Christine Porath, who has studied workplace rudeness and incivility for nearly 20 years, recently summarized research findings related to the aftermath of rudeness: “How we treat one another at work matters. Insensitive interactions have a way of whittling away at people’s health, performance and souls.”7
Rudeness Extracts Personal Costs
Rudeness Disrupts Cognitive Functioning
In a series of experiments, researchers6 demonstrated that even a single, relatively mild form of rudeness diminished performance on cognitive tasks manifested by a loss of task focus and reduced creativity in problem-solving. Related experiments revealed that the source of an act of rudeness did not alter its negative influence on the recipient’s performance and that just imagining a rude encounter produced the same trio of detrimental effects as actually experiencing one.
When individuals feel disrespected, they may respond by losing interest in what they are doing or by engaging in mental calisthenics that wrestle with the rude encounter. Rather than just getting past the incident, victims may expend considerable effort cogitating retaliatory responses, second-guessing why it occurred, or endlessly ruminating about it. Either actively disengaging from their work or escalating into cognitive overdrive about the incident may divert virtually all of the victim’s available attention away from their customary tasks at hand.9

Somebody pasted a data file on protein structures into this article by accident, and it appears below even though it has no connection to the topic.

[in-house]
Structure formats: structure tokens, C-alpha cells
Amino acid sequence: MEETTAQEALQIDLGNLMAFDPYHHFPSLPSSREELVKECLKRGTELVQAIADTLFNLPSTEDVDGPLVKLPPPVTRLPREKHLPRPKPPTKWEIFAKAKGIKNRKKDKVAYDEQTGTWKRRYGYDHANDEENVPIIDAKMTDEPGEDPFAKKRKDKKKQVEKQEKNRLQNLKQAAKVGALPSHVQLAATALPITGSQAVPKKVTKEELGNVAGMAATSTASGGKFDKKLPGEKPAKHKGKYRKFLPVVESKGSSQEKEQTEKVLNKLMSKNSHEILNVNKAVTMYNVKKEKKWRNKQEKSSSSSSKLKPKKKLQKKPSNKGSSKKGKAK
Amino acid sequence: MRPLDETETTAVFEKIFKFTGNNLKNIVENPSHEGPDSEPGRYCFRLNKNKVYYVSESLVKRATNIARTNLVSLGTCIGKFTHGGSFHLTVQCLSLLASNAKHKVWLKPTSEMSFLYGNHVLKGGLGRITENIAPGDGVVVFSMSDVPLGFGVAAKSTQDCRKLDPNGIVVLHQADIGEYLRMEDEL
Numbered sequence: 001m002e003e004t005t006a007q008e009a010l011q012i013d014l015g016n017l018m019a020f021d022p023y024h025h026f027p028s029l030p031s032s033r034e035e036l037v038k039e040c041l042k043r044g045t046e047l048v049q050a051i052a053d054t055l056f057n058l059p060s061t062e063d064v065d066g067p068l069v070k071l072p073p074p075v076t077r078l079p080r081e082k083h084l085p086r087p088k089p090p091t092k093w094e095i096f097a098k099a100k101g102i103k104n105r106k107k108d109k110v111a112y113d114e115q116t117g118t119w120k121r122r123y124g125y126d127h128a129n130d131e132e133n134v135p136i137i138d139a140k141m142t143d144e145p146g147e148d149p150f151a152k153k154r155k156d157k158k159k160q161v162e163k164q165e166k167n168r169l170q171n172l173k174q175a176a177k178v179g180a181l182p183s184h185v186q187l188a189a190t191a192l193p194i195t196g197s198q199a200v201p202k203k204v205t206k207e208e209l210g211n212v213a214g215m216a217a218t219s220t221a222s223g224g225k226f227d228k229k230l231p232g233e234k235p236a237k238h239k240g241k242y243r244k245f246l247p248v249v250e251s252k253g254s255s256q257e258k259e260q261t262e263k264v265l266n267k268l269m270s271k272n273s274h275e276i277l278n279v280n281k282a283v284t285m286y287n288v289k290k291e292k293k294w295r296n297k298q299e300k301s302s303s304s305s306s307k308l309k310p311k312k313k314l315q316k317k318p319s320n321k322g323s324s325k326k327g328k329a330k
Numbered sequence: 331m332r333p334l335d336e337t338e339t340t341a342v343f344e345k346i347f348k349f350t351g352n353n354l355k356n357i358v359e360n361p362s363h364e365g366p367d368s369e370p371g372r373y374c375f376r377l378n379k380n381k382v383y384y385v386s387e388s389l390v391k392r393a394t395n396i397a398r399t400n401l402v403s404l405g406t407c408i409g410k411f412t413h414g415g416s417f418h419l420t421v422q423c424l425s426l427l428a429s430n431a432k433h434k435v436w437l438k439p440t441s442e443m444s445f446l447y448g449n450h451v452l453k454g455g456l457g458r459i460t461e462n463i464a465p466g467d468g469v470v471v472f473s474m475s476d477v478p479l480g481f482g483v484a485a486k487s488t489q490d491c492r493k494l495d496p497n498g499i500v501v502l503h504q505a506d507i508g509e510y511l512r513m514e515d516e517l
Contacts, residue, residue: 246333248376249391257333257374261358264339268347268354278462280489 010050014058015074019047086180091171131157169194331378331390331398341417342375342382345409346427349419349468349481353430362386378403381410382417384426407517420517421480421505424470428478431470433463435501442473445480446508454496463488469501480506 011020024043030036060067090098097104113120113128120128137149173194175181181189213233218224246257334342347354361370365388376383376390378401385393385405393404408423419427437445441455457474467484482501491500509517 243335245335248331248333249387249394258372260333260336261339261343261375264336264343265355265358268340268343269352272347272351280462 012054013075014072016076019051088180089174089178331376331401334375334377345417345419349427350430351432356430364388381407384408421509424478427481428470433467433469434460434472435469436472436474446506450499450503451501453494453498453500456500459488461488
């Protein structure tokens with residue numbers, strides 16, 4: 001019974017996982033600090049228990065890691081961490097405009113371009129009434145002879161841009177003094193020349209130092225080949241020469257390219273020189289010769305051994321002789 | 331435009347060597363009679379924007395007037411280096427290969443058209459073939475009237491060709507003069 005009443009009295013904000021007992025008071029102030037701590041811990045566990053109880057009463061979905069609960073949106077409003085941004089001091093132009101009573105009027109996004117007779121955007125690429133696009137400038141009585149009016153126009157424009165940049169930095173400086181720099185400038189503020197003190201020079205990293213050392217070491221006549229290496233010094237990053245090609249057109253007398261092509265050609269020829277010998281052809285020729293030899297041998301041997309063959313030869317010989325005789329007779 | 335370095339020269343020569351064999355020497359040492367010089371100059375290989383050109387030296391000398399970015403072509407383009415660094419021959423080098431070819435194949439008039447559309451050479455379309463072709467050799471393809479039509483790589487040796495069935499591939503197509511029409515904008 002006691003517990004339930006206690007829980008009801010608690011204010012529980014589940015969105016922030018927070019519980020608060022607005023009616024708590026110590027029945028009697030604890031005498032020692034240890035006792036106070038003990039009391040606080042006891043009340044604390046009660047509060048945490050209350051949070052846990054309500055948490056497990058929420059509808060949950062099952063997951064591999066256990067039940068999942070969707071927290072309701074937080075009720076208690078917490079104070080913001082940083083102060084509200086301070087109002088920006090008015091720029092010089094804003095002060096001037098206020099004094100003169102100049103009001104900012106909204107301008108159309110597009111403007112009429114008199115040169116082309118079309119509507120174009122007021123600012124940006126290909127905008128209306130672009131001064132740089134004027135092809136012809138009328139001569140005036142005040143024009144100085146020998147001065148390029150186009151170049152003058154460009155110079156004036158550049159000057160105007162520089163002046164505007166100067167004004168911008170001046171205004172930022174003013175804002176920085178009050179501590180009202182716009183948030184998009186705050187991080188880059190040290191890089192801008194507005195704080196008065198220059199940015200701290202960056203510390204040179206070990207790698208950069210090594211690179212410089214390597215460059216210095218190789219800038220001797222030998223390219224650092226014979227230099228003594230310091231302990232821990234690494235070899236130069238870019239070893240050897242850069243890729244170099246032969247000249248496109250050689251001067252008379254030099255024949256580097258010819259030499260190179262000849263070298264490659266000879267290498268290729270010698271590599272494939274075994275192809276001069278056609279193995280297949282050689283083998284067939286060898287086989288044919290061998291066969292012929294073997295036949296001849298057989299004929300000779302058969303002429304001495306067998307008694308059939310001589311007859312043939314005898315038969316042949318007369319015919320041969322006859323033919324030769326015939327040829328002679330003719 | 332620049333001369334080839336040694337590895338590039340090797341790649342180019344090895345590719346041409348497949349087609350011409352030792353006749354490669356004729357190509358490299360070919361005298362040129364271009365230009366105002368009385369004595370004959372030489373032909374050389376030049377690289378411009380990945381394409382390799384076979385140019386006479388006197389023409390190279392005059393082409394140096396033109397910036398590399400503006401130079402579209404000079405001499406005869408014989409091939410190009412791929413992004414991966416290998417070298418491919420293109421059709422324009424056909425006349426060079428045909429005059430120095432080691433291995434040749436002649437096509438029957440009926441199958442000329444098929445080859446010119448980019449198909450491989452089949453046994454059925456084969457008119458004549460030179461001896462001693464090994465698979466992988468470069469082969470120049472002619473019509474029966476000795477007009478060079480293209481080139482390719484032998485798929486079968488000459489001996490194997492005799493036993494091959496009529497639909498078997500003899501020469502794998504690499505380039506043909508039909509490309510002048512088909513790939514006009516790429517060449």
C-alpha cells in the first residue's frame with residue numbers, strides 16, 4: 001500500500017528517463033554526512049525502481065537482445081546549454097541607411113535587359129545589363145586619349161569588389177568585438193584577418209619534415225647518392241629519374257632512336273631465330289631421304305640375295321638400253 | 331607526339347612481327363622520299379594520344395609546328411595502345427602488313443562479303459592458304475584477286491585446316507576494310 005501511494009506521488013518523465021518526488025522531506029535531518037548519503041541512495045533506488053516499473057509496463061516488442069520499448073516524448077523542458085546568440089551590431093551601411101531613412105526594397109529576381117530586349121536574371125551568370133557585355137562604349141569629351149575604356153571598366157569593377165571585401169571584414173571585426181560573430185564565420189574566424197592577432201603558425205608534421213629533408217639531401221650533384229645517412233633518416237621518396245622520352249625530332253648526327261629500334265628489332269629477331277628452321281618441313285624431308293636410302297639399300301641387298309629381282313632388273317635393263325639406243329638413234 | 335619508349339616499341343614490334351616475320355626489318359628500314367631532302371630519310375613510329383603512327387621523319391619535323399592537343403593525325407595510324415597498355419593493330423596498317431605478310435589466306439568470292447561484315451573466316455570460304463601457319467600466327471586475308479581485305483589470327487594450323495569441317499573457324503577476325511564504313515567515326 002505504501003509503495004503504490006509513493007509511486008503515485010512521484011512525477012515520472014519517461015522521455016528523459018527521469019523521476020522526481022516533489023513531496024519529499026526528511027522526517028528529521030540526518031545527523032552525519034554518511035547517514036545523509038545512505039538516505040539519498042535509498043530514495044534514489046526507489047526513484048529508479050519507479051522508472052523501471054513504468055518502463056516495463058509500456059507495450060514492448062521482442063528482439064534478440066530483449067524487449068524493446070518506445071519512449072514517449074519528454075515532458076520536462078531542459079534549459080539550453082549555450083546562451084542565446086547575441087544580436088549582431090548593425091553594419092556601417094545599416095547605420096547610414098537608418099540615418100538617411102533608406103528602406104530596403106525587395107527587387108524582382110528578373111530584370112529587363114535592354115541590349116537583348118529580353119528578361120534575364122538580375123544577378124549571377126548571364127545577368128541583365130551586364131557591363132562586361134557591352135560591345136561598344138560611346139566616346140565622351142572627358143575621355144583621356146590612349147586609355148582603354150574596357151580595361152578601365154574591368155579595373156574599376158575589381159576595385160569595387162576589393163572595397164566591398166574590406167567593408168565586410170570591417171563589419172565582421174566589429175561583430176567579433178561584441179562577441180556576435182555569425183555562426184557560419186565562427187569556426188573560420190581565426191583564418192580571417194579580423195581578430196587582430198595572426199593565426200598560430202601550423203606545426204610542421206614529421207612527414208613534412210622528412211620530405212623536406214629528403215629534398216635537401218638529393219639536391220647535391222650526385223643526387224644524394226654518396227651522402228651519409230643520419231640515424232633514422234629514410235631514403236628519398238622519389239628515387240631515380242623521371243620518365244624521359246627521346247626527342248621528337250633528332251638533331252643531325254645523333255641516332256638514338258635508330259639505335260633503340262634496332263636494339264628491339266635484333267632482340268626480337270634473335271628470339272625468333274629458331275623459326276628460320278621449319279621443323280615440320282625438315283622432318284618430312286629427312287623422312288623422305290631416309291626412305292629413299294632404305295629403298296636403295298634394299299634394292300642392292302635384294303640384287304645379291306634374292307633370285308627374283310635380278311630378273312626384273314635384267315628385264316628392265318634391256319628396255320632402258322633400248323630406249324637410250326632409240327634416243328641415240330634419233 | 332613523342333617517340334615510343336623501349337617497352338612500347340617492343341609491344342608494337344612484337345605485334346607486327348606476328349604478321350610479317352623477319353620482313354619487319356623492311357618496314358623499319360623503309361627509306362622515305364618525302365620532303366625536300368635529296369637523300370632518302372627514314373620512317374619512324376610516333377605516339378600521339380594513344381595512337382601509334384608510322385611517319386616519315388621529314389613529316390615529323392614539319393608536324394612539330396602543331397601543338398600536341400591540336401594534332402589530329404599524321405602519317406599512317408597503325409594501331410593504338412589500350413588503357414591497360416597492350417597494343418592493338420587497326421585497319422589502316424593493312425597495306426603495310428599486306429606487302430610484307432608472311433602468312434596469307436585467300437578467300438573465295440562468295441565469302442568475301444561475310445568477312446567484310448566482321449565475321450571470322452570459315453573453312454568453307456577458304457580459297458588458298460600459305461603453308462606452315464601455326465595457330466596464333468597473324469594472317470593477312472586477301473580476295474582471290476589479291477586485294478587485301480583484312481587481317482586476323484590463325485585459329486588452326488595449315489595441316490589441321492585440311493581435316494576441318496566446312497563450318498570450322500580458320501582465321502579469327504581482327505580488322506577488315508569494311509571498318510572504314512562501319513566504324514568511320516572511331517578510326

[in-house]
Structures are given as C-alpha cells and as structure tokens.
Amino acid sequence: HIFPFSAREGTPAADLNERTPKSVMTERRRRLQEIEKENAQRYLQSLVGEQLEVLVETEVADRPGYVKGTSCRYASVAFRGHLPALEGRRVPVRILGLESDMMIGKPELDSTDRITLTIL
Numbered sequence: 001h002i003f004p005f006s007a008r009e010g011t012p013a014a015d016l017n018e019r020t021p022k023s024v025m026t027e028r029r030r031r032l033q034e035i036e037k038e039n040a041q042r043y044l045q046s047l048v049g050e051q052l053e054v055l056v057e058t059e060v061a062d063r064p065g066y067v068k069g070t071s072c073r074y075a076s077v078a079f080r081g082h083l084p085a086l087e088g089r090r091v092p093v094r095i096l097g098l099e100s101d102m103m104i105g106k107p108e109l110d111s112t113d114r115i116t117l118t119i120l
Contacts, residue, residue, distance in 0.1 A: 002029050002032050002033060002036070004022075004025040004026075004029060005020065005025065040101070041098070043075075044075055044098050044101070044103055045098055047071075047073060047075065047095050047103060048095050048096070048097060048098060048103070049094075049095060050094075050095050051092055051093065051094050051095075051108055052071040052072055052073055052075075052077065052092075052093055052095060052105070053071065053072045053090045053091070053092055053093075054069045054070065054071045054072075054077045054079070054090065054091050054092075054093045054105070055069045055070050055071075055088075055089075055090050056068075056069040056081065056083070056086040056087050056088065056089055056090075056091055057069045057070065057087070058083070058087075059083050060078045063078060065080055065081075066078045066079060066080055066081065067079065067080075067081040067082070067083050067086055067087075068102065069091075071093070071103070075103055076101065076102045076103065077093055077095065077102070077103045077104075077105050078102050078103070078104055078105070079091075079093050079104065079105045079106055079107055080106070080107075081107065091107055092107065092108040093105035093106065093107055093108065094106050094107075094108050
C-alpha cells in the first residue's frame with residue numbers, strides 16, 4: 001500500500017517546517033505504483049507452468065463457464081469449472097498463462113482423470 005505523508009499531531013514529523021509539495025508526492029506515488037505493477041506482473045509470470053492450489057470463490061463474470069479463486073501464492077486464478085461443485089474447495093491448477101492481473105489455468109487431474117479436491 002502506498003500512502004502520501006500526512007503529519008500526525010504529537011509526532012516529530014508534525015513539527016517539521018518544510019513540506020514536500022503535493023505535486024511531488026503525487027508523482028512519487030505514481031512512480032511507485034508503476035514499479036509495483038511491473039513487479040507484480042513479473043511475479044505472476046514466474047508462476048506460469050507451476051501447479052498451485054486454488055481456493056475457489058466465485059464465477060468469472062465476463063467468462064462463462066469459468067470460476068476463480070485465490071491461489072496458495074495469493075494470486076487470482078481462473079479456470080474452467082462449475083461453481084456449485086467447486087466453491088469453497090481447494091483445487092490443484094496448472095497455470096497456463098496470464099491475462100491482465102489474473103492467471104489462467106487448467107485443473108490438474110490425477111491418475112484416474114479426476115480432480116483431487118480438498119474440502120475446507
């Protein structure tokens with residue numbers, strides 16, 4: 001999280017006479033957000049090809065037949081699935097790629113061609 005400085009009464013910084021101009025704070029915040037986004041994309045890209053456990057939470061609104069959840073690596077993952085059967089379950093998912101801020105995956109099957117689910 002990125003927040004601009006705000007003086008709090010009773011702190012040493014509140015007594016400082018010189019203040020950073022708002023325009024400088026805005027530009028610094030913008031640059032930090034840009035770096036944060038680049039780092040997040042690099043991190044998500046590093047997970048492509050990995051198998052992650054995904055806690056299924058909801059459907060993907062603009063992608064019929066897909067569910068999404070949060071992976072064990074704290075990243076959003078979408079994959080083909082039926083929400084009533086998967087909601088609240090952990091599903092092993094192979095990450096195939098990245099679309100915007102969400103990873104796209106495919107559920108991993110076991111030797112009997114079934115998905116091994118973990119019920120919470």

Cognitive theories of attention,10 explain that individuals possess finite attention span resources for task performance. When engaged in a task, individuals need to allocate their limited attention to that task; if attention strays, task performance can be negatively affected.11 This integrated resource allocation model11 helps to explain how preoccupation with rudeness can interfere with decision-making and procedure performance.
Another frame of reference for understanding the effects of rudeness on cognition is to consider the burden it places on working memory, the location where information analysis, goal-setting, planning, and management reside.8 Although Porath’s work to date has not clarified how rudeness affects various types of memory, she observed that some type of disruption to working memory occurs:
It is likely that after experiencing rude behavior, people engage in thought processes to try to make sense of the event. Whether they are considering responses, trying to “explain away” the rude behavior, or just ruminating about it, it is clear that these processes take cognitive resources from a task at hand.6(p1193)
In so doing, rudeness robs at least some portion of our working memory that we need to think clearly and critically in assessing and providing patient care.
Rudeness Impairs Creativity